Wells Fargo requires an adult co-owner to open a teen checking account. The youth must be between 13 to 17 in most of the United States, according to the Wells Fargo website. The account has a small fee for account holders who want a paper statement but no fee for online statements.
Chase offers a similar account, explains its website. However, it only waives the monthly fee if the parent maintains a separate checking account with the bank. Once the teen turns 19, his account has a monthly fee. Both Wells Fargo and Chase offer full access and alerts for the adult account co-owner. Using this access allows the parent to scrutinize the child's spending habits, notes Bankrate.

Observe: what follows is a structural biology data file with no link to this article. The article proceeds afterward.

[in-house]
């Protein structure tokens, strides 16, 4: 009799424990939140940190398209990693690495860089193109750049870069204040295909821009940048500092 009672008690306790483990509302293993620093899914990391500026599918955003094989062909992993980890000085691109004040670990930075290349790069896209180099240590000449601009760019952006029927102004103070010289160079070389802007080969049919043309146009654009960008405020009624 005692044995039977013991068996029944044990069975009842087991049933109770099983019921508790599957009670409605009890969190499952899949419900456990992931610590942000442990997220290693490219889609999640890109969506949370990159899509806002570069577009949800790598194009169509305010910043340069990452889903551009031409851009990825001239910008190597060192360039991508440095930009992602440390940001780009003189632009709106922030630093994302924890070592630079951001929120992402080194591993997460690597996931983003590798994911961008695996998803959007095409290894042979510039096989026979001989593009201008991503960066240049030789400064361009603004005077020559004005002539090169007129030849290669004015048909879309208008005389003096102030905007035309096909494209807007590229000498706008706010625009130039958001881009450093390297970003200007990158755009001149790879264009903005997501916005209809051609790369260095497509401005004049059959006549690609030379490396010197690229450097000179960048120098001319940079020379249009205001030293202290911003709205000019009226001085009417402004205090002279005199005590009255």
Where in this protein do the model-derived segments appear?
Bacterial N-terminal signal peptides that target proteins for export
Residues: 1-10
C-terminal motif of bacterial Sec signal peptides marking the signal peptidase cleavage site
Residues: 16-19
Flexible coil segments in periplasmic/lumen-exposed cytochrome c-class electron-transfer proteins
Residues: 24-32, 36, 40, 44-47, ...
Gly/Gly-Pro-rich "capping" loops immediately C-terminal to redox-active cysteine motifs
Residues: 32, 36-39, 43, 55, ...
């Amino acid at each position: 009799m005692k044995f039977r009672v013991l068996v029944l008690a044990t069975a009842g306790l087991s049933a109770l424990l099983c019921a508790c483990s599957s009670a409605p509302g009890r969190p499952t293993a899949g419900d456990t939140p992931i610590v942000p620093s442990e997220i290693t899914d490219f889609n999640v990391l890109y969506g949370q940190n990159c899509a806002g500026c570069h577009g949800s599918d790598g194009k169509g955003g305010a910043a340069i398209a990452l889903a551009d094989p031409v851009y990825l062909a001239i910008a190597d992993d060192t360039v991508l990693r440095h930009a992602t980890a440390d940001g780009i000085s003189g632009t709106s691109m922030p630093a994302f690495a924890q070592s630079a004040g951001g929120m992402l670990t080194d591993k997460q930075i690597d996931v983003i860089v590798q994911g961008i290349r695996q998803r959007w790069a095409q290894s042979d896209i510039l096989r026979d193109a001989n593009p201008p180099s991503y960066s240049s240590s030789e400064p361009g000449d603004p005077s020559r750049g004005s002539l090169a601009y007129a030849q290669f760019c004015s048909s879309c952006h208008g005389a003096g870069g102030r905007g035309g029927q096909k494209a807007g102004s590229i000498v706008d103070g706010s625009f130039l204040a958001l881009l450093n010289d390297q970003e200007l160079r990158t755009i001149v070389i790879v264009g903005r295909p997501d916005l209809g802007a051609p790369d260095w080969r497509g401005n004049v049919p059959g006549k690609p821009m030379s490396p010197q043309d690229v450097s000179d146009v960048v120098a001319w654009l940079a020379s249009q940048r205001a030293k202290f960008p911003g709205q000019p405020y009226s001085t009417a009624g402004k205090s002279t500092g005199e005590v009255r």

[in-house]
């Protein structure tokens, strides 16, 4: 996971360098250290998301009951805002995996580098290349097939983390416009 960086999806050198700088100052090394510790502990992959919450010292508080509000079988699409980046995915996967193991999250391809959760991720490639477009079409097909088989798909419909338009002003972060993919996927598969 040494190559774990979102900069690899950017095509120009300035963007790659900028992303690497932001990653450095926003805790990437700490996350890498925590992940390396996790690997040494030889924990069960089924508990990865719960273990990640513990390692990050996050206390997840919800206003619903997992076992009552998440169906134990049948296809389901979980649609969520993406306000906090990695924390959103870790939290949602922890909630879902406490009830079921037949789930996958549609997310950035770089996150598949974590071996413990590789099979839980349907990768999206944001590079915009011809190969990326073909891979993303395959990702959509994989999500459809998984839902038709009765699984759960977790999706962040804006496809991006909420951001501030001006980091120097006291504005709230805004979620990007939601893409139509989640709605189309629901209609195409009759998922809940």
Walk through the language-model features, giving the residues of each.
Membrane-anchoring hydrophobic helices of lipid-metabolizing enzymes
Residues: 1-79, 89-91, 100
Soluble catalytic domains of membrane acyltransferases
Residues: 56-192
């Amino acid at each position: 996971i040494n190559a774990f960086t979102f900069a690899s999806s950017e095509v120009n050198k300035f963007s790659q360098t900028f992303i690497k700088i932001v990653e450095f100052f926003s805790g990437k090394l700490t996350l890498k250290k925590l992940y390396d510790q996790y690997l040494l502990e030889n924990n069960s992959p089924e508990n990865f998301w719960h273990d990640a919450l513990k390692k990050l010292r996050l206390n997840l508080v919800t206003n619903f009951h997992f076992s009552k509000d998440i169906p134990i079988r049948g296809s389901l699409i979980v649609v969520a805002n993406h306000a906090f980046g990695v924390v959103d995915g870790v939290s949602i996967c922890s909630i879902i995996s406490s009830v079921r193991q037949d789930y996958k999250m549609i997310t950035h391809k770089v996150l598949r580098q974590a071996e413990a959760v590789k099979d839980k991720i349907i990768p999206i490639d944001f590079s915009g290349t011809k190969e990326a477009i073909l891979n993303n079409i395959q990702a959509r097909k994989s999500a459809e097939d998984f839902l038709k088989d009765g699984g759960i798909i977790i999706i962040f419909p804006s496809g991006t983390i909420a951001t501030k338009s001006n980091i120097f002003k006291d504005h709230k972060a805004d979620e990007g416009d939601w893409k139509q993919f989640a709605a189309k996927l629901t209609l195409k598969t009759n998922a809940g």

Opening a teen checking account sometimes requires shopping for the right bank. Some banks offer teen checking to students as young as 13, states Bankrate. Credit unions also often have these accounts and engage the teen face-to-face. One way of introducing children and teens to banking is with a savings account before a checking account. The savings account gives the child limited access to funds and teaches the importance of setting aside a part of his income. After the teen responsibly uses a checking account, consider providing him with a debit card.